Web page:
CAIRO — The Egyptian affiliate of the Islamic State said on Wednesday that it had beheaded Tomislav Salopek, a 30-year-old Croatian expatriate worker who was taken from his car on the outskirts of Cairo last month.
The claim, if confirmed, would represent the first time that the militant group, Sinai Province, had abducted and killed a foreigner during two years of attacks against the government. A photograph posted on Wednesday on a Twitter account associated with Sinai Province appeared to show Mr. Salopek, beheaded and lying in the desert with a knife planted in the sand beside him.
Croatia’s prime minister, Zoran Milanovic, speaking on Wednesday in Zagreb, the capital, said his government could not confirm the death of Mr. Salopek “with 100 percent certainty.” But there seemed little doubt about the identity of the victim.
The gruesome photograph evoked the brutal execution videos disseminated by the Islamic State, suggesting that the Egyptian militants were emulating the tactics of the parent organization. That would represent a major shift in strategy for Sinai Province, which had largely framed its violent campaign as a response to government brutality and had focused most of its attacks on the military and police.
Graphic | Where ISIS Has Directed and Inspired Attacks Around the World At least a dozen countries have had attacks since ISIS began to pursue a global strategy one year ago.
The killing also threatened greater peril for foreigners in Egypt, posing a challenge to President Abdel Fattah el-Sisi, whose government is trying to lure back foreign investment and tourists driven away by years of political turmoil after the country’s 2011 uprising against President Hosni Mubarak. Coming a few days after the government held a lavish celebration for the opening of a new channel of the Suez Canal, it also appeared timed to undermine Mr. Sisi.
After killing hundreds of soldiers and police officers over the past two years, Egyptian militants have recently mounted more ambitious assaults on the military and, increasingly, attacks on civilian targets.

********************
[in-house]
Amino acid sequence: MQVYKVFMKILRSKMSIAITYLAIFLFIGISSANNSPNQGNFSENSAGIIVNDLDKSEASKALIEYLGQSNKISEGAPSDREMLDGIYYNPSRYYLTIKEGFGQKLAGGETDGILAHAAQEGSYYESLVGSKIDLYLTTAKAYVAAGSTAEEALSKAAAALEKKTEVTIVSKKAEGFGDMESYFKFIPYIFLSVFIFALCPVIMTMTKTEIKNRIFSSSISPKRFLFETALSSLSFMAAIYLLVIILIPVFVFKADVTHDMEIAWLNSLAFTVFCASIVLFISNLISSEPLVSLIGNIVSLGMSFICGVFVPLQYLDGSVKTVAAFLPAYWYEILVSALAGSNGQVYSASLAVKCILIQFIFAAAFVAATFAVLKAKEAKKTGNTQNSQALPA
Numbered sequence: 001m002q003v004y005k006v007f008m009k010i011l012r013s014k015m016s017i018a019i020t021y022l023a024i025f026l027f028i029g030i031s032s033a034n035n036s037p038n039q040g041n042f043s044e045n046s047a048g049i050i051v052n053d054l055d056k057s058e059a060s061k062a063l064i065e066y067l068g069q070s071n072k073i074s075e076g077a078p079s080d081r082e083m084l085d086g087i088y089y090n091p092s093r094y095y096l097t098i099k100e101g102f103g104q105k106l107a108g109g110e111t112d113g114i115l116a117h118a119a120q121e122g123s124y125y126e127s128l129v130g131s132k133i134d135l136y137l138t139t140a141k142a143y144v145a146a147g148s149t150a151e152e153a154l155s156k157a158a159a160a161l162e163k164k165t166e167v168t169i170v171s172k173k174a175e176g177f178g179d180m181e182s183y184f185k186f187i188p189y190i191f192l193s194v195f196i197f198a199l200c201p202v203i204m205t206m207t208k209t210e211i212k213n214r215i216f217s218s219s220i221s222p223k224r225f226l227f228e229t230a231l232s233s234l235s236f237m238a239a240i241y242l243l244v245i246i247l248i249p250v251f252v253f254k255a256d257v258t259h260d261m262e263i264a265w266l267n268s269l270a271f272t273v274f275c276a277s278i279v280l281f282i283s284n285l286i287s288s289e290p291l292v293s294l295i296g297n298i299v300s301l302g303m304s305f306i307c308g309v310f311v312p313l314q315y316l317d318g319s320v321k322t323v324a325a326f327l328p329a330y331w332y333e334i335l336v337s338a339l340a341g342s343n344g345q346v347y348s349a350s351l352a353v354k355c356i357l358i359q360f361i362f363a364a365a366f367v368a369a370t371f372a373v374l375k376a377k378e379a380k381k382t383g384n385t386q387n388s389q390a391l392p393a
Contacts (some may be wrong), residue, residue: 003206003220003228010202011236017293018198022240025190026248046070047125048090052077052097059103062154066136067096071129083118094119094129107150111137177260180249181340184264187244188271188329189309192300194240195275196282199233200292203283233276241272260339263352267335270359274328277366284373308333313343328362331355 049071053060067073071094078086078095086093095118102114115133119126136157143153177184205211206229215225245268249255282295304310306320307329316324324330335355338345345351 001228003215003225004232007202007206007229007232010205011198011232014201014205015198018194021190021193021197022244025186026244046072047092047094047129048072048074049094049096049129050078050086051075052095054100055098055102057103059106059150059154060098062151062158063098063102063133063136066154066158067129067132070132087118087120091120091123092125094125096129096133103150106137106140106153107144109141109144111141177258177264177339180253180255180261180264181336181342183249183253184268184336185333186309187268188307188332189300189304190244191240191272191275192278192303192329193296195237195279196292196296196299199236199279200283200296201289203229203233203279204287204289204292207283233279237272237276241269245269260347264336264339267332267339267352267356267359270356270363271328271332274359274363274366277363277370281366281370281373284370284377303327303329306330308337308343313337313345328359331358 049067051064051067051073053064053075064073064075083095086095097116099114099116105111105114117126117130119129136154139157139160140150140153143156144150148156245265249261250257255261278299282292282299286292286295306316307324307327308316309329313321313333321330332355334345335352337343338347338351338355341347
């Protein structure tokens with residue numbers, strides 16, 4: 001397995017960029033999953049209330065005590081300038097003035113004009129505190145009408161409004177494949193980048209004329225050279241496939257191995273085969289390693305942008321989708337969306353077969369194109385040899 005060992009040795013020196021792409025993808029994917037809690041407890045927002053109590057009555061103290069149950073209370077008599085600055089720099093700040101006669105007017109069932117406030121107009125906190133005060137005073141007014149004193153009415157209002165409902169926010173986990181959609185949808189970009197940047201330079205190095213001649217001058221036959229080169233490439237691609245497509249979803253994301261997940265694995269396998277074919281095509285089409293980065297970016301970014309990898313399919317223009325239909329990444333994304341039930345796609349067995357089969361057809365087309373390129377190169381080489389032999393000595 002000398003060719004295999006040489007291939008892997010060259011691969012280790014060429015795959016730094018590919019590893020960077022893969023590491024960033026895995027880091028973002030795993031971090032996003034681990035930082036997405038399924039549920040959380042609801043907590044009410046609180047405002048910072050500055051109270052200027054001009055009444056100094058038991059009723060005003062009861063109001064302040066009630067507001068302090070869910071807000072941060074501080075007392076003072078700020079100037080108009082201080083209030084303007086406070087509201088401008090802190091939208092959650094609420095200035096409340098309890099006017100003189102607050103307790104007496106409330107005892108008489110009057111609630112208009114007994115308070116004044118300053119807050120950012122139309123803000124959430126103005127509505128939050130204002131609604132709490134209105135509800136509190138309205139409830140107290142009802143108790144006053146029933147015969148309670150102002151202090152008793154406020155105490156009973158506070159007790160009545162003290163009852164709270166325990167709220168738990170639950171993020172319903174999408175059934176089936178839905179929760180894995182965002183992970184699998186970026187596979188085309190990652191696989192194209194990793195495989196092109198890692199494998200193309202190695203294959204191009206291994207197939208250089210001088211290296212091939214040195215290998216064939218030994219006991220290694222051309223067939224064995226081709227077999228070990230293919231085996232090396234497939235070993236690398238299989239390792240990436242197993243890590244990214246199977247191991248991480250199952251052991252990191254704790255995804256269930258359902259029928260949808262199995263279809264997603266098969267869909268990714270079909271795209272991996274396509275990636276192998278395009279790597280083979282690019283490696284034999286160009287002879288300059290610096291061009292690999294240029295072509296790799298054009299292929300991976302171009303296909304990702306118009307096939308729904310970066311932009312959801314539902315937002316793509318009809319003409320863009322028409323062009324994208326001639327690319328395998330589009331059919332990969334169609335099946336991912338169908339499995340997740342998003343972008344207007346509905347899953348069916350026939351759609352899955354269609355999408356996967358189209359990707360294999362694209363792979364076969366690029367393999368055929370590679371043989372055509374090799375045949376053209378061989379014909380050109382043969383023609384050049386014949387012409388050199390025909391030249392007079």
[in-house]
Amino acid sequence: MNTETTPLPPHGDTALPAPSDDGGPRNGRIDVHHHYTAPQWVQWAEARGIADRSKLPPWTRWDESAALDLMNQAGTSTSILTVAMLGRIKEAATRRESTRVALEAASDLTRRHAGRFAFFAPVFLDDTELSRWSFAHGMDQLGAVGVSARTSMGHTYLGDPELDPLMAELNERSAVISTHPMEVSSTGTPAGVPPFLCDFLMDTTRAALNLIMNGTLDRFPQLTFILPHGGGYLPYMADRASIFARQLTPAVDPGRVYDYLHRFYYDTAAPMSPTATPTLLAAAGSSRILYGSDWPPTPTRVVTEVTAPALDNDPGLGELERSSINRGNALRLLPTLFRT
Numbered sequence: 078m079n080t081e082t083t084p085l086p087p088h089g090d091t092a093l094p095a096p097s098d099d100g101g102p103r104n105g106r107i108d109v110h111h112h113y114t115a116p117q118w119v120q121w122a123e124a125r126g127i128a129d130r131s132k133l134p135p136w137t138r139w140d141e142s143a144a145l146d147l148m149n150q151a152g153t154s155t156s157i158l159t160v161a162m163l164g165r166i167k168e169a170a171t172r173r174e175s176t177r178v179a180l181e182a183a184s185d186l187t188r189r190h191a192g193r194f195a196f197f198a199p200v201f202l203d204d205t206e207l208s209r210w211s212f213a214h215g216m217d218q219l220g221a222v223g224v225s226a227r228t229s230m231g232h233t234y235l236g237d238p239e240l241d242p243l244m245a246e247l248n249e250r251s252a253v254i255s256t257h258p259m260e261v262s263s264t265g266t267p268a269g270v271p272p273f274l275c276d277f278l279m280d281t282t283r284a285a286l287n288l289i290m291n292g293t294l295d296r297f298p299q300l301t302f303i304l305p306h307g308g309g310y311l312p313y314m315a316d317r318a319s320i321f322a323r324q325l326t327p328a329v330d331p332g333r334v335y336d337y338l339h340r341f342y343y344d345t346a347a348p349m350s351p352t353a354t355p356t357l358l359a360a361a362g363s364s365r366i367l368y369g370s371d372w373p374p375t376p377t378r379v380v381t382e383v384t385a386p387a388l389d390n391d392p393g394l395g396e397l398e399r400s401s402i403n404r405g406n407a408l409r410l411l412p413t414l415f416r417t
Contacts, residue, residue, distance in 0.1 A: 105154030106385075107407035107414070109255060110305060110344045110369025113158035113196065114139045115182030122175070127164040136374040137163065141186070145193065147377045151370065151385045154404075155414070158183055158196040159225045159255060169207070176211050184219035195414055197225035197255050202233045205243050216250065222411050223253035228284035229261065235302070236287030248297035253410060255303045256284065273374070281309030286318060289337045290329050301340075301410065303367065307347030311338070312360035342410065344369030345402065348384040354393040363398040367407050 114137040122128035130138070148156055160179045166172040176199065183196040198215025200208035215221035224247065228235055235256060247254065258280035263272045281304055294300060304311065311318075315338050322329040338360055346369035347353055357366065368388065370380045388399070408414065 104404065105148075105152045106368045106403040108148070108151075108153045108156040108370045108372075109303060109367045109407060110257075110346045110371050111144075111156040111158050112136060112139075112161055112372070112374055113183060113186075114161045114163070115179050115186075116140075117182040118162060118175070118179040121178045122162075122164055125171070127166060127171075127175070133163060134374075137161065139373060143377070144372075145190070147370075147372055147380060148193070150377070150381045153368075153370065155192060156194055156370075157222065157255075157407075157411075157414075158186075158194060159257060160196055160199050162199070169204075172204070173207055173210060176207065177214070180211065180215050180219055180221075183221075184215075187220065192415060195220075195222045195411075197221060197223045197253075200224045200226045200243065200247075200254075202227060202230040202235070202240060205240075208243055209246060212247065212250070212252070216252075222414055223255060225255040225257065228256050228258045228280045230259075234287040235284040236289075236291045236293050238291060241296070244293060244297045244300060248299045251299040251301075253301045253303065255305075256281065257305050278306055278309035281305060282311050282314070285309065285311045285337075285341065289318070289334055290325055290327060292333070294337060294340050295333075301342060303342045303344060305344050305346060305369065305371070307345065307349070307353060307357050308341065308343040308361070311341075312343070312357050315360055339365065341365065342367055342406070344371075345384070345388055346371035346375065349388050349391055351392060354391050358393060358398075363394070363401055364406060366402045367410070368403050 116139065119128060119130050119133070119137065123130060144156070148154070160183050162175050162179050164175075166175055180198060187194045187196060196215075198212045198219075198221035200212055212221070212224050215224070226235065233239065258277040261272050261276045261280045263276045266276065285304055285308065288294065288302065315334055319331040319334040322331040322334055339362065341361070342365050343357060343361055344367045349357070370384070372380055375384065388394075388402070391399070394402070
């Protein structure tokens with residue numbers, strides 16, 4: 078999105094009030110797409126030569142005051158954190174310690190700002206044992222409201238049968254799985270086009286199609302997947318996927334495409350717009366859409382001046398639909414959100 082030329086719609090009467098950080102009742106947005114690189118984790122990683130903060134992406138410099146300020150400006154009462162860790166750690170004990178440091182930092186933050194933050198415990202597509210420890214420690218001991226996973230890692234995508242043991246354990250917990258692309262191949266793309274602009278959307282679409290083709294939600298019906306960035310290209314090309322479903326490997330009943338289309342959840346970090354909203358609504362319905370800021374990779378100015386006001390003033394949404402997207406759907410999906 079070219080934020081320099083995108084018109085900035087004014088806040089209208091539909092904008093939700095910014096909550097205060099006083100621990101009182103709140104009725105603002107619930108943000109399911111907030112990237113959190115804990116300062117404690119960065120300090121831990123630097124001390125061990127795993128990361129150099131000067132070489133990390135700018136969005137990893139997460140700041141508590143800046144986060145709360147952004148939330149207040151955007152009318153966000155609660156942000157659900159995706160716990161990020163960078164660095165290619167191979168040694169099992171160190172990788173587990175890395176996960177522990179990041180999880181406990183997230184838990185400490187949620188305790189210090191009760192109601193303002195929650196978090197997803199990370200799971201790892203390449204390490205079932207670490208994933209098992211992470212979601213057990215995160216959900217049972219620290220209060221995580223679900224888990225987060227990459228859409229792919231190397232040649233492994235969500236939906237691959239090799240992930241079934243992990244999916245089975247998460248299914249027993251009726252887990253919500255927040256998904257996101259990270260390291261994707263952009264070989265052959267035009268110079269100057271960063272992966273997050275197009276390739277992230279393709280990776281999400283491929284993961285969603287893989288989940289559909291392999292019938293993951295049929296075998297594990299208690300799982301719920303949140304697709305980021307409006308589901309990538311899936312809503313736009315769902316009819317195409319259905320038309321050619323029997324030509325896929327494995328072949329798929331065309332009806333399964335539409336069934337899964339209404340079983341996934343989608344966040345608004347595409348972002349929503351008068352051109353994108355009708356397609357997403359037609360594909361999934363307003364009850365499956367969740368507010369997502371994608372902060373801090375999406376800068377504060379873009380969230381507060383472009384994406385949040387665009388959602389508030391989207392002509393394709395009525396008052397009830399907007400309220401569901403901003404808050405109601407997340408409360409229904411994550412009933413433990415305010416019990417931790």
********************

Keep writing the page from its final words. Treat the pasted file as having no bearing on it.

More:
“This has an international effect, more than the other hits” on the army and police, said Nageh Ibrahim, a founder and former member of the Islamic Group, which fought an insurgency against the Egyptian government in the 1990s but later renounced violence.
The violence has come in a flurry since June. Militants have killed Egypt’s top prosecutor, briefly occupied a town in the northern Sinai Peninsula and fired a missile at a naval ship. In the clearest sign of the shifting tactics, militants have also tried to attack two of Egypt’s most popular tourist destinations, the pyramids and the Karnak temple at Luxor, and bombed the Italian Consulate.
Sinai Province is the most active of a number of militant groups that have emerged since the military takeover of the government and ouster of its Islamist president, Mohamed Morsi, in 2013. Lately, said Omar Ashour, a senior lecturer in security studies at the University of Exeter in Britain, the group “has been steadily expanding the scale and scope and the intensity of its operations — including reaching outside the Sinai.”
It has carried out summary executions of Egyptians in Sinai it has accused of collaborating with the military, and claimed responsibility for the killing of an American oil company worker, William Henderson, during an apparent carjacking last year.
The group “has acquired military abilities that are unprecedented in Egypt’s history of insurgency,” Mr. Ashour added. But even as the group has shifted tactics, the government’s response, never particularly effective, remained unchanged, he said.
“The continuity in the government’s policies is the glorification of the iron fist,” he said.
Mr. Salopek, who was married and had two young children, had been working in Egypt as a subcontractor for a company that works in oil and gas exploration. He was kidnapped on July 22 by gunmen as he was driving on a road southwest of Cairo, the authorities said.
Mr. Salopek appeared in a video distributed by Sinai Province last week, with one of his masked captors standing beside him, saying that he had been told he would be killed within 48 hours unless the Egyptian government released Muslim women from prisons.
The group did not say which prisoners it had in mind, and the deadline passed on Friday.
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(via NY Times)